Iceland’s public hospital system is widely praised for its accessibility, affordability and top-notch quality of care. With nearly all medical services offered free of charge, Icelanders are able to receive the medical attention they need without the financial burden that so often comes with it. In this blog post, we’ll take a closer look at how the Icelandic public hospital system works and why it’s so amazing.
Healthcare in Iceland is based on four main pillars: universal access to healthcare, free health care, an integrated health care system and a focus on preventative care.
- Universal access to healthcare. All citizens, regardless of their income, have the right to basic healthcare services. This includes primary care visits and hospital stays.
- The second pillar of Icelandic healthcare is free healthcare. All citizens are entitled to a wide range of treatments and procedures at no cost. This includes laboratory tests, x-rays, scans, surgeries, specialist consultations, and preventive health screenings.
- The third pillar is an integrated healthcare system that focuses on coordinated patient care. All healthcare providers are connected through a national electronic health records system, so they can easily share information and provide comprehensive care.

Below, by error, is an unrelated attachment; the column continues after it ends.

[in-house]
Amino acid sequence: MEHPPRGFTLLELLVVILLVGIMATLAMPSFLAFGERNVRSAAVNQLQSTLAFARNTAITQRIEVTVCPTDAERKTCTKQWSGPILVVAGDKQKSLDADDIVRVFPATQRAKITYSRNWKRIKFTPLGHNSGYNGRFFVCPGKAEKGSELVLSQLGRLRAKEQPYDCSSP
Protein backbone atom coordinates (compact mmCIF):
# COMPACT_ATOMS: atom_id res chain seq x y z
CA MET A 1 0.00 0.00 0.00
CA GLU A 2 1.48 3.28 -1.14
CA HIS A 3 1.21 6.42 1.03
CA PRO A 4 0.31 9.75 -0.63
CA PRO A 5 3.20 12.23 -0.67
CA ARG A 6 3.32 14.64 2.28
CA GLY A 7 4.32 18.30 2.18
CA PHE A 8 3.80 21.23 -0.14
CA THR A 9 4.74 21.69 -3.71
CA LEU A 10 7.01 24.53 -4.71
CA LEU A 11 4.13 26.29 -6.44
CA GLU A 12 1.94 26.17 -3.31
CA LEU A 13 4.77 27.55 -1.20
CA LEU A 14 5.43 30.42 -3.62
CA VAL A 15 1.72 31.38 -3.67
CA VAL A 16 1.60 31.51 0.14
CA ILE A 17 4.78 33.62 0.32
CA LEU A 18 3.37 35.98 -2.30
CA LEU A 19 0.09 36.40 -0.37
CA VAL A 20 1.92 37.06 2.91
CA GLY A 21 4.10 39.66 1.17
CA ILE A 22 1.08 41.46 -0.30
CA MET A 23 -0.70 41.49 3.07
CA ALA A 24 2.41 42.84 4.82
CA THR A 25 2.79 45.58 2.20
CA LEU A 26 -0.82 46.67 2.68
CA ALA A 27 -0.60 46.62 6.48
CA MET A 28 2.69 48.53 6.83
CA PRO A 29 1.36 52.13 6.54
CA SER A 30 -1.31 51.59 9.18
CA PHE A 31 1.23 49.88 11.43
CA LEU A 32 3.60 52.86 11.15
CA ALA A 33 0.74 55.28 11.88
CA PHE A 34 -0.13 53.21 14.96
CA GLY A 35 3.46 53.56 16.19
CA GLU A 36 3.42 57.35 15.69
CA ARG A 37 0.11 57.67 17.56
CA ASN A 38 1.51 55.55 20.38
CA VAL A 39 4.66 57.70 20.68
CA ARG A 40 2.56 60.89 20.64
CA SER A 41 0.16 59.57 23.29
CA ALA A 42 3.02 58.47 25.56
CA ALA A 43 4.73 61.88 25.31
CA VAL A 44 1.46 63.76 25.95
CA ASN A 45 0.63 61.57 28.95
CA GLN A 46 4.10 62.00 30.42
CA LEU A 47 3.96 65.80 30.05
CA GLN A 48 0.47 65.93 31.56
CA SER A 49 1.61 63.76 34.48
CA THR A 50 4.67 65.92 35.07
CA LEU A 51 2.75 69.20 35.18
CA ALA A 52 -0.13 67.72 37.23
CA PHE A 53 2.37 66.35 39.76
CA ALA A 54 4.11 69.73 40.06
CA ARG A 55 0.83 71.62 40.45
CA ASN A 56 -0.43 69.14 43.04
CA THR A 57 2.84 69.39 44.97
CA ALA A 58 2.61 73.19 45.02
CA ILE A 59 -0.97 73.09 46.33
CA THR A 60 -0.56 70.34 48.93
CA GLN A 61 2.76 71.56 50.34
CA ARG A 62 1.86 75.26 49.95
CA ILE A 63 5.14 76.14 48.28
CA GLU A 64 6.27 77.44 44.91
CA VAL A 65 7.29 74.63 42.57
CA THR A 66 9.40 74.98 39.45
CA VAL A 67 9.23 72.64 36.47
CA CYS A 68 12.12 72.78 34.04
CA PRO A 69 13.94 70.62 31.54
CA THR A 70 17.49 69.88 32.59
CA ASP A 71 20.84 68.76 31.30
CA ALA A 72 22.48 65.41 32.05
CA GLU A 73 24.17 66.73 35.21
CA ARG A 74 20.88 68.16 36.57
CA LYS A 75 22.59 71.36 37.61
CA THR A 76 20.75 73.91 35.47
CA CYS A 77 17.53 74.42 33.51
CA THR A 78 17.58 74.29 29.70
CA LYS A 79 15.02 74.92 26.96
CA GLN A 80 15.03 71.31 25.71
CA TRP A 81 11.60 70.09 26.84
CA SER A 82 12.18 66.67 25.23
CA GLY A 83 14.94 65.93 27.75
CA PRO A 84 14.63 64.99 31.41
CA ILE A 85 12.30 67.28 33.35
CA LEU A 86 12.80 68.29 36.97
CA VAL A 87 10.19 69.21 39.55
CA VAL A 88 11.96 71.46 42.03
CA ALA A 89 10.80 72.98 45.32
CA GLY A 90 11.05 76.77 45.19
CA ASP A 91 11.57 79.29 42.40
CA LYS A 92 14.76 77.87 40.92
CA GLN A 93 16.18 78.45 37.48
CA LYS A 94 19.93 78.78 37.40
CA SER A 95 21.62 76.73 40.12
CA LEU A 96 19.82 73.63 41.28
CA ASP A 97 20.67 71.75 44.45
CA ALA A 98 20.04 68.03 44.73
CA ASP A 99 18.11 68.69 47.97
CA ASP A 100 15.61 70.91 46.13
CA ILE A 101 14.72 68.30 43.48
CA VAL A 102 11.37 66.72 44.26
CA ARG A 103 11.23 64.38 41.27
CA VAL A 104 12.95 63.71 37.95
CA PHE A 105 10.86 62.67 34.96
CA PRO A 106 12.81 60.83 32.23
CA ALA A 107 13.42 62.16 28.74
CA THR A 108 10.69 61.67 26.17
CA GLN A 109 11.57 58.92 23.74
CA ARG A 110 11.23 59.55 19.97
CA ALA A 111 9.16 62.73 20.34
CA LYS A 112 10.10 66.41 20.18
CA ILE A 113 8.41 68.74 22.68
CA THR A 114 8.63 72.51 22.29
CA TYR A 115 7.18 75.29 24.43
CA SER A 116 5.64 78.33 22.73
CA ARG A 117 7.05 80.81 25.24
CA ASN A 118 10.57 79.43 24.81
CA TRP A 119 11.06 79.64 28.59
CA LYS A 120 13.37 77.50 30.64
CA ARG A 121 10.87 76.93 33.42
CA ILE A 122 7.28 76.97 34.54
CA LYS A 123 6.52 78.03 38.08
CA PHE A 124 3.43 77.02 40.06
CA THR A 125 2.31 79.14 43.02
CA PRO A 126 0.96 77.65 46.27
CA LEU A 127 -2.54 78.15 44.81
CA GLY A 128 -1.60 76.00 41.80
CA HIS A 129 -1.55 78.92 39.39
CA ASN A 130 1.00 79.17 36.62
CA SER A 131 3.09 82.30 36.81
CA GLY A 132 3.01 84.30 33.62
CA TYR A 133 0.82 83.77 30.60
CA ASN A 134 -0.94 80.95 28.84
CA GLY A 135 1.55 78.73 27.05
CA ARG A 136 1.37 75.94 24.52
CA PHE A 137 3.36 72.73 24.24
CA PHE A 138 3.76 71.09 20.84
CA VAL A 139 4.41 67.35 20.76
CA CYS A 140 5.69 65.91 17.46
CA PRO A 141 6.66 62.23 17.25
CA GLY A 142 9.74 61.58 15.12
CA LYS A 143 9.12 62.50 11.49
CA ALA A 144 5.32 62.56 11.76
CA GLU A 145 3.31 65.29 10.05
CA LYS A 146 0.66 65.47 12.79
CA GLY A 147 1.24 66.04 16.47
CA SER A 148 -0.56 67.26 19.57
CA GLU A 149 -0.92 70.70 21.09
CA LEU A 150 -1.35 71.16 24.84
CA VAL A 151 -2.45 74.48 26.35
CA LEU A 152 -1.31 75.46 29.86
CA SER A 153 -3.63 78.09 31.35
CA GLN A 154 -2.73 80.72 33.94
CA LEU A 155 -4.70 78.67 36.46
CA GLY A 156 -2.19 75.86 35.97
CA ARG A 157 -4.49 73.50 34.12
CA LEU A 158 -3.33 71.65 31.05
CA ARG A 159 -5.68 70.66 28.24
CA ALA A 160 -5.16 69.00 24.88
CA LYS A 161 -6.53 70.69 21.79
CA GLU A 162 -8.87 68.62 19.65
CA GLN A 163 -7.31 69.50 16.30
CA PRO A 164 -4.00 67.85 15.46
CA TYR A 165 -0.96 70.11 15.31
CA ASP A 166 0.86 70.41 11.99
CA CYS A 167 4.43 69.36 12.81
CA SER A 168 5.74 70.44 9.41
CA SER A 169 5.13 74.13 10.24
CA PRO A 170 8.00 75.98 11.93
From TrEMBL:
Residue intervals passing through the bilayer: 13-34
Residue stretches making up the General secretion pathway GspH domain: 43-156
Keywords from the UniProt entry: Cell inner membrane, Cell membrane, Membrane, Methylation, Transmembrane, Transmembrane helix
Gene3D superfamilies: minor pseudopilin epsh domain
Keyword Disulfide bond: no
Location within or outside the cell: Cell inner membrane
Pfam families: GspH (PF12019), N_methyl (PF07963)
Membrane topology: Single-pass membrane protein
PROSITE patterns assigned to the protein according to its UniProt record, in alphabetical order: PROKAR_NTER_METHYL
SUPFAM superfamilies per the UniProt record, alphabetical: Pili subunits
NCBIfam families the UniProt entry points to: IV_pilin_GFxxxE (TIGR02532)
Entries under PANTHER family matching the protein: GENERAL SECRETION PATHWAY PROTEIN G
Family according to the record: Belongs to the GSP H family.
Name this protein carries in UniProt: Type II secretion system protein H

- The final pillar is a focus on preventative care. In Iceland, there are initiatives such as school health screenings and vaccinations that are provided free of charge.
In 1930, a new law was introduced which saw the creation of Iceland’s first National Health Care System. This provided universal access to basic medical services such as general physicians, hospital care and maternity services. Over the years, this system has evolved and been updated to provide comprehensive healthcare coverage to all citizens, regardless of their income level or social standing.
Today, the Icelandic healthcare system is recognised as one of the best in the world and has been praised by many international organisations. According to the Iceland travel guide, “Iceland has a public health system that covers everything from emergency treatment and hospitalisation to preventive care and public health campaigns.” This high-quality health service is supported by well-trained medical professionals and modern facilities, making it one of the most reliable healthcare systems in Europe.
Healthcare in Iceland is organised and managed by the Directorate of Health (DOH). The DOH is responsible for setting health care policies, overseeing the quality of care, and managing public health services. This includes managing hospitals, primary care clinics, and specialty care centres.
The DOH is divided into four main departments: Public Health, Primary Care, Specialty Care, and Research & Development.
The public healthcare system in Iceland is largely funded through taxes. The country has a progressive tax system, which means that those with higher incomes pay a higher percentage of their income in taxes than those with lower incomes. This ensures that the cost of healthcare is spread evenly throughout the population, regardless of wealth.
Taxes fund most healthcare services, including primary care and hospital care. Iceland also has a voluntary health insurance scheme called the Social Security Institute, which is available to all citizens over 18 years of age, in all parts of the country.